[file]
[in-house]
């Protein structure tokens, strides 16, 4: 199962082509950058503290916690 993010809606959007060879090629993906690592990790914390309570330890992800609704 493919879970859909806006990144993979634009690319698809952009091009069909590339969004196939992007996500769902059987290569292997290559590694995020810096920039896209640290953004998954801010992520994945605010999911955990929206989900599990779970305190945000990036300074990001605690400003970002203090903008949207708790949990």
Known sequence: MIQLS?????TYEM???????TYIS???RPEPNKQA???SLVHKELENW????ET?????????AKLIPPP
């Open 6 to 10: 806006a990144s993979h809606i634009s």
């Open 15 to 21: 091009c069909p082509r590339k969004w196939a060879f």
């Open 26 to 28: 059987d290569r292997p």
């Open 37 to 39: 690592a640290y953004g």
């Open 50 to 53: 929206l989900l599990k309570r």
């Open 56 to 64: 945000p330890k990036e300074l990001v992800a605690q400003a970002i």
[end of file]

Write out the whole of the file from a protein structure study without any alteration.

[in-house]
């Protein structure tokens, strides 16, 4: 199962082509950058503290916690 993010809606959007060879090629993906690592990790914390309570330890992800609704 493919879970859909806006990144993979634009690319698809952009091009069909590339969004196939992007996500769902059987290569292997290559590694995020810096920039896209640290953004998954801010992520994945605010999911955990929206989900599990779970305190945000990036300074990001605690400003970002203090903008949207708790949990």
Known sequence: MIQLS?????TYEM???????TYIS???RPEPNKQA???SLVHKELENW????ET?????????AKLIPPP
């Open 6 to 10: 806006a990144s993979h809606i634009s």
């Open 15 to 21: 091009c069909p082509r590339k969004w196939a060879f």
């Open 26 to 28: 059987d290569r292997p």
């Open 37 to 39: 690592a640290y953004g």
């Open 50 to 53: 929206l989900l599990k309570r």
């Open 56 to 64: 945000p330890k990036e300074l990001v992800a605690q400003a970002i």